Communication Technology in History

This page lists citations for work on numerous media technologies, including printing presses and paper as well as electronic and digital media.

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Abbate, Janet.  Inventing the Internet.  Cambridge: MIT Press, 2000.

Acland, Charles R., ed.  Residual Media.   Minneapolis: University of Minnesota Press, 2007

American Journalism.  Vol. 17, No. 4 (Fall 2000): 1-161.  Special Issue on Technology in Journalism and Mass Communication History.

Anderson, Steve F. Technologies of History: Visual Media and the Eccentricity of the Past.  Hanover: Dartmouth College Press, 2011.

Arguimbau, Ellen. “From Party Lines and Barbed Wire: A History of Telephones in Montana.” Montana: The Magazine of Western History 63 (Autumn 2013): 34–45.

Bagdikian, Ben.  The Information Machines.  New York: Harper and Row, 1971.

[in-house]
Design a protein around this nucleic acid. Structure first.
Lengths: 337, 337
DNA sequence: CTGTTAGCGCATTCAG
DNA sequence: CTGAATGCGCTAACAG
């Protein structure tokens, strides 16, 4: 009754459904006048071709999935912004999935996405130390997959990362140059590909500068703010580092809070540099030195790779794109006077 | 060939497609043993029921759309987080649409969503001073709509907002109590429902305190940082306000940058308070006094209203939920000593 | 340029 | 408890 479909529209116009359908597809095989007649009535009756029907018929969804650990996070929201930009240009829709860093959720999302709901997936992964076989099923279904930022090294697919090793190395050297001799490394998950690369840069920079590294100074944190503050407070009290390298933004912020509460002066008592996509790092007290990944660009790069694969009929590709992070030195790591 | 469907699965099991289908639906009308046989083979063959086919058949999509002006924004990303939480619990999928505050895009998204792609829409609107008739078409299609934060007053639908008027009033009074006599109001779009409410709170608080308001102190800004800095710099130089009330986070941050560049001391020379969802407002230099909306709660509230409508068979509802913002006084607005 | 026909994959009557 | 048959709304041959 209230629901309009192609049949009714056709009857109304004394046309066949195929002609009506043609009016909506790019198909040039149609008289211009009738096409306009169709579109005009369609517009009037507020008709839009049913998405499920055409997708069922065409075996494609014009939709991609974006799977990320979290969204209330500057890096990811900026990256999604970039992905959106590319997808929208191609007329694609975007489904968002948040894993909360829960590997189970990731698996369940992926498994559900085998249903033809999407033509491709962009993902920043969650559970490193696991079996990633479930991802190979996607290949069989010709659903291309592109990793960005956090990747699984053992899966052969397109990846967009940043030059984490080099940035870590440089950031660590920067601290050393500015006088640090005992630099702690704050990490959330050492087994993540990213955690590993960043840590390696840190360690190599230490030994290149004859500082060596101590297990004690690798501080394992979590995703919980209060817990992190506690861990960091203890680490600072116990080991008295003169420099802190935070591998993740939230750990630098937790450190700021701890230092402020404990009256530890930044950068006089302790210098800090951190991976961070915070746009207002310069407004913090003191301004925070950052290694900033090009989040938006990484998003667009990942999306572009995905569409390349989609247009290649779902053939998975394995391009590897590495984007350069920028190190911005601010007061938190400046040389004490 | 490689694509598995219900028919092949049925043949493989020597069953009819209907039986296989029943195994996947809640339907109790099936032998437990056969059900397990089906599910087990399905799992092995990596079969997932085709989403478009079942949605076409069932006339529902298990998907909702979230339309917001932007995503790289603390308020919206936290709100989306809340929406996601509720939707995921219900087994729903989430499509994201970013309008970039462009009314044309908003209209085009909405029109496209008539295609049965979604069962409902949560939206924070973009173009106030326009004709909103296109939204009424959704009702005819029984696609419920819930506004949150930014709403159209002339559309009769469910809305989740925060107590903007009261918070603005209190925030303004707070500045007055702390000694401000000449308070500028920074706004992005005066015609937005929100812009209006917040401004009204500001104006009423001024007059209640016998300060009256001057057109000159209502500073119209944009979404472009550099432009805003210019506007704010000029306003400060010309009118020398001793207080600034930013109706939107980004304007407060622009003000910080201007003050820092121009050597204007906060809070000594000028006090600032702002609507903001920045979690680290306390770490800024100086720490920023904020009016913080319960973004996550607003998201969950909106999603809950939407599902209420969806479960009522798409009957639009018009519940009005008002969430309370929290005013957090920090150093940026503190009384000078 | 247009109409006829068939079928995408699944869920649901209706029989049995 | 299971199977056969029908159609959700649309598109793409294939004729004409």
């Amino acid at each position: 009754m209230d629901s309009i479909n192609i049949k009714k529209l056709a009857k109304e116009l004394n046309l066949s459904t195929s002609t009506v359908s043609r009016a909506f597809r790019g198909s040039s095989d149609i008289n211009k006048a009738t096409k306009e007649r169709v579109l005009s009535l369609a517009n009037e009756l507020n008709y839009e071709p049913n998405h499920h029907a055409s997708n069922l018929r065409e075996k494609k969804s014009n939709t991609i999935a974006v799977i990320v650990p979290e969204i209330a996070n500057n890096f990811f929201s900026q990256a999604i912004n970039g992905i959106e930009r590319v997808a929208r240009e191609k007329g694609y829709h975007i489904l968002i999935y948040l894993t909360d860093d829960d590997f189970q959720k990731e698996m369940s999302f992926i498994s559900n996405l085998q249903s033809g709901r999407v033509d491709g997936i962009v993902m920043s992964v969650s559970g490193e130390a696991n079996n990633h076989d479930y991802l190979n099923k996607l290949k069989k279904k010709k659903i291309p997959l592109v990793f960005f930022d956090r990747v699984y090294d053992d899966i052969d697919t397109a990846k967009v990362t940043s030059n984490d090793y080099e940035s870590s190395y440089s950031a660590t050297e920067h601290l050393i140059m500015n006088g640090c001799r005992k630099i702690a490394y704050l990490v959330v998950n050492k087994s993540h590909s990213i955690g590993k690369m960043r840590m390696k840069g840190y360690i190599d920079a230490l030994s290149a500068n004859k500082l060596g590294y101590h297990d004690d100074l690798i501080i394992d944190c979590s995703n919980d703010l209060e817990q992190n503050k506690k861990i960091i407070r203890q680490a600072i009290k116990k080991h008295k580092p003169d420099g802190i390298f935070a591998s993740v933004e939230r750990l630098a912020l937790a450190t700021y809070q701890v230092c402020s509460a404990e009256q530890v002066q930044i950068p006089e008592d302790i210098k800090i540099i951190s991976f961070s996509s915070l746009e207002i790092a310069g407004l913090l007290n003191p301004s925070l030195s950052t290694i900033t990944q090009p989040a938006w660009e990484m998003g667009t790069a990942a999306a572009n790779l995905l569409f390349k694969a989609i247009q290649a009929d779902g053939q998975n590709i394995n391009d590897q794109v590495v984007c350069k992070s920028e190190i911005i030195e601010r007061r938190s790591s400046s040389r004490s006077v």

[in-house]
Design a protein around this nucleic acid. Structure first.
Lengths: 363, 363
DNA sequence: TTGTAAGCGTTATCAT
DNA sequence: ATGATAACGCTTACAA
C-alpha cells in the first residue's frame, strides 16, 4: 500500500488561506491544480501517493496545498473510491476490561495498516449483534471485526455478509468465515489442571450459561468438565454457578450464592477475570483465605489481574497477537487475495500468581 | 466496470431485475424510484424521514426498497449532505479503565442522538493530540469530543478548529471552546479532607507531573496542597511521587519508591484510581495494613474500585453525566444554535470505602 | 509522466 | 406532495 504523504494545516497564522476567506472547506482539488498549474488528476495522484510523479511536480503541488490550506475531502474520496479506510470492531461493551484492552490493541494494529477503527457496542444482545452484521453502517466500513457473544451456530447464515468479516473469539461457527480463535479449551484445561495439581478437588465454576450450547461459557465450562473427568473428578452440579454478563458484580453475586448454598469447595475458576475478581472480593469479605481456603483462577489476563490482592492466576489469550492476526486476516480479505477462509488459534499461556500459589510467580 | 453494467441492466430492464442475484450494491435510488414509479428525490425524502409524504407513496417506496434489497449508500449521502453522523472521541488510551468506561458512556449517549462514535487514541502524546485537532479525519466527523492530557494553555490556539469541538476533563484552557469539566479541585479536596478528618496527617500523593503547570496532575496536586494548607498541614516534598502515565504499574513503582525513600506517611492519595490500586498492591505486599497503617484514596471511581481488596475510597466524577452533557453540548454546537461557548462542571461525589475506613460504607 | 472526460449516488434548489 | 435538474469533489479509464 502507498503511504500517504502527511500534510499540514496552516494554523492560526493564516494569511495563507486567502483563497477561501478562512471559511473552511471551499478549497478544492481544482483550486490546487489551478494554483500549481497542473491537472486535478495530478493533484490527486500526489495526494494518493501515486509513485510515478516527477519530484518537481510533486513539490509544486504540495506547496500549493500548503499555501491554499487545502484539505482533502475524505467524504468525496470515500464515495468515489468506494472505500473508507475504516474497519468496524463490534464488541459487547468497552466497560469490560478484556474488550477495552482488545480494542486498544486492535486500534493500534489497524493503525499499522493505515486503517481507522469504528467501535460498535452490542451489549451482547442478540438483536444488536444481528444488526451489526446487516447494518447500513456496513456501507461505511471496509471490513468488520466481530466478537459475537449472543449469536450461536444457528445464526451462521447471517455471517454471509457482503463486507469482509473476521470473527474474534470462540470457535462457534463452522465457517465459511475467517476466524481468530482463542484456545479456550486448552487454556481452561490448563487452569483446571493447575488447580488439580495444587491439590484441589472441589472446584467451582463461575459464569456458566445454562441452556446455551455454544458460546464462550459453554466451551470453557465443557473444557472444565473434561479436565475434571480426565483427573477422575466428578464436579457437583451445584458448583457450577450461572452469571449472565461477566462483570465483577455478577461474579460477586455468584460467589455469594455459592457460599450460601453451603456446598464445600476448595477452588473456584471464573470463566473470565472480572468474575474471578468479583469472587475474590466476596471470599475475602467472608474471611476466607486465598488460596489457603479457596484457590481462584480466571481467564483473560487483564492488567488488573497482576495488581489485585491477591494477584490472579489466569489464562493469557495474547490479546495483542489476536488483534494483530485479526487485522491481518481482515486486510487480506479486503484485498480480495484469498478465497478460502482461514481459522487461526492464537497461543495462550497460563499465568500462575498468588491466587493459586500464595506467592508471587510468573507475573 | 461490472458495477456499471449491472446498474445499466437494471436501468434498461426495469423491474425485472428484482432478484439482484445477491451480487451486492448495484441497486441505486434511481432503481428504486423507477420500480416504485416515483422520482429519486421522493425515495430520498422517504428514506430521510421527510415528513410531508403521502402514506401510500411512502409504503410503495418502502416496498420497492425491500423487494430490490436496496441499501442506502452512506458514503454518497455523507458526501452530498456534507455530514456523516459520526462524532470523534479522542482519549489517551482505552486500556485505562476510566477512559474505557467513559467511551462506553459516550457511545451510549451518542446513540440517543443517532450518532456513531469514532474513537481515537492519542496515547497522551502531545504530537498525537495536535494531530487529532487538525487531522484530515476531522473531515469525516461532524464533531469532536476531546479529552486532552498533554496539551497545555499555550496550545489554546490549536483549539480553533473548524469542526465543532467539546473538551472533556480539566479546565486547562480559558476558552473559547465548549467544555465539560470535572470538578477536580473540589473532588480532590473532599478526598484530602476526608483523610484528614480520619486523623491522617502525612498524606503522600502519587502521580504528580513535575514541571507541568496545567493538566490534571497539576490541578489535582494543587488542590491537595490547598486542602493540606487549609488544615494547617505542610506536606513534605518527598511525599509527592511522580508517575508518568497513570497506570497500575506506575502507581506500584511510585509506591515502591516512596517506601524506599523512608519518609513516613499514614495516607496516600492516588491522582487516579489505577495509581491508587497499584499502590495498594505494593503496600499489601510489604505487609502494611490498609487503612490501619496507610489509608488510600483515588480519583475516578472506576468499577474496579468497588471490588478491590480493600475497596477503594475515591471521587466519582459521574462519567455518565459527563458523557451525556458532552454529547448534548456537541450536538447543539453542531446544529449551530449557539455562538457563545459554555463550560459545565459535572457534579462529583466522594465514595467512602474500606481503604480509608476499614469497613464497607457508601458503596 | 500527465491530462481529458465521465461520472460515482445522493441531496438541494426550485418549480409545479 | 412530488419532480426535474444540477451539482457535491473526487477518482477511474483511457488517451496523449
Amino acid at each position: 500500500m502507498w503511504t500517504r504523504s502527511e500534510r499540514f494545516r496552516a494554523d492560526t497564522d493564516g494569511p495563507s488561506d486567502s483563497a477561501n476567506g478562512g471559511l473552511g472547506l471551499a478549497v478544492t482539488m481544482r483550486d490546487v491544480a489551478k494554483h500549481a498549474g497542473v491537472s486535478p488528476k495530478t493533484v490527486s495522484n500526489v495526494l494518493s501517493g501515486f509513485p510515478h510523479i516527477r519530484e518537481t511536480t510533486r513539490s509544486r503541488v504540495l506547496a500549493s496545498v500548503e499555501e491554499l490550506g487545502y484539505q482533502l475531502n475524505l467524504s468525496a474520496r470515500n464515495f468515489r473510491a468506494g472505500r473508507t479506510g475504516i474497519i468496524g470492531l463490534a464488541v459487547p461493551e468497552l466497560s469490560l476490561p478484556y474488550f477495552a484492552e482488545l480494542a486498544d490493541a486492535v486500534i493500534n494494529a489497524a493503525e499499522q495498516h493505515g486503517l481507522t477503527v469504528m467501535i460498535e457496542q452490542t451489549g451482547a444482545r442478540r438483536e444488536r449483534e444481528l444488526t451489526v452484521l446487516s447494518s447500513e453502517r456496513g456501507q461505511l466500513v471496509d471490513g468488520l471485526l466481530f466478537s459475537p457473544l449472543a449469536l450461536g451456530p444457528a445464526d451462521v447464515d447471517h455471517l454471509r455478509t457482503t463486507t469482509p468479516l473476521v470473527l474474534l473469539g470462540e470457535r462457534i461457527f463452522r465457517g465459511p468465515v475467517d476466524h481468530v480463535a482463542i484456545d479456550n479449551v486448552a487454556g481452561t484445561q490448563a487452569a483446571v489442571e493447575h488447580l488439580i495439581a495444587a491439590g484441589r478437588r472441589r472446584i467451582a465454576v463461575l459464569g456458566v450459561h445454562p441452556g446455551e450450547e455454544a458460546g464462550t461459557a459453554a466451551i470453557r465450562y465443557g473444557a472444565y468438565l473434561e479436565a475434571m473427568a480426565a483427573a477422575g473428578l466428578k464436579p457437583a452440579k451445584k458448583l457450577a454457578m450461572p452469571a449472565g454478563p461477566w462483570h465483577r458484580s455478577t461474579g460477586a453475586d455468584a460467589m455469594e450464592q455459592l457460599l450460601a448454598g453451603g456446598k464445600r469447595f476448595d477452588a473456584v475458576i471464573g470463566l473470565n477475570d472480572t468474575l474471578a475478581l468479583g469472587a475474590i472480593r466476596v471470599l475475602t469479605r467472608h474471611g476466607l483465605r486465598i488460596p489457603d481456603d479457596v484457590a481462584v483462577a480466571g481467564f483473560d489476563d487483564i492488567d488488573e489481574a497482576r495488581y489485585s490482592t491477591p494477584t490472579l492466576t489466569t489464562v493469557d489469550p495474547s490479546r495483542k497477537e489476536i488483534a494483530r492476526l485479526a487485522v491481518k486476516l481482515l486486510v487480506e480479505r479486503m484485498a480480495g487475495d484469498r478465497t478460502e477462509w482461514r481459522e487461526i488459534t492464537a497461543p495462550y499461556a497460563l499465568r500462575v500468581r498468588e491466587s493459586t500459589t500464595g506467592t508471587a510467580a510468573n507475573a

Beauchamp, Christopher.  Invented By Law: Alexander Graham Bell and the Patent That Changed America.  Cambridge: Harvard University Press, 2015.

Berlin, Leslie.  The Man Behind the Microchip: Robert Noyce and the Invention of Silicon Valley. New York: Oxford University Press, 2005.

Bliven, Bruce, Jr., The Wonderful Writing Machine.  New York: Random House, 1954.  (typewriter)

Boczkowski, Pablo J.  Digitizing the News: Innovation in Online Newspapers.  Cambridge: MIT Press, 2005.  (covers pre-Internet computer delivery)

Boyd, William.  The Slain Wood: Papermaking and its Environmental Consequences in the American South.  Baltimore: Johns Hopkins University Press, 2015.

Braun, Ernest and Stuart MacDonald.  Revolution in Miniature: The History and Impact of Semiconductor Electronics.  Cambridge: MIT Press, 1978.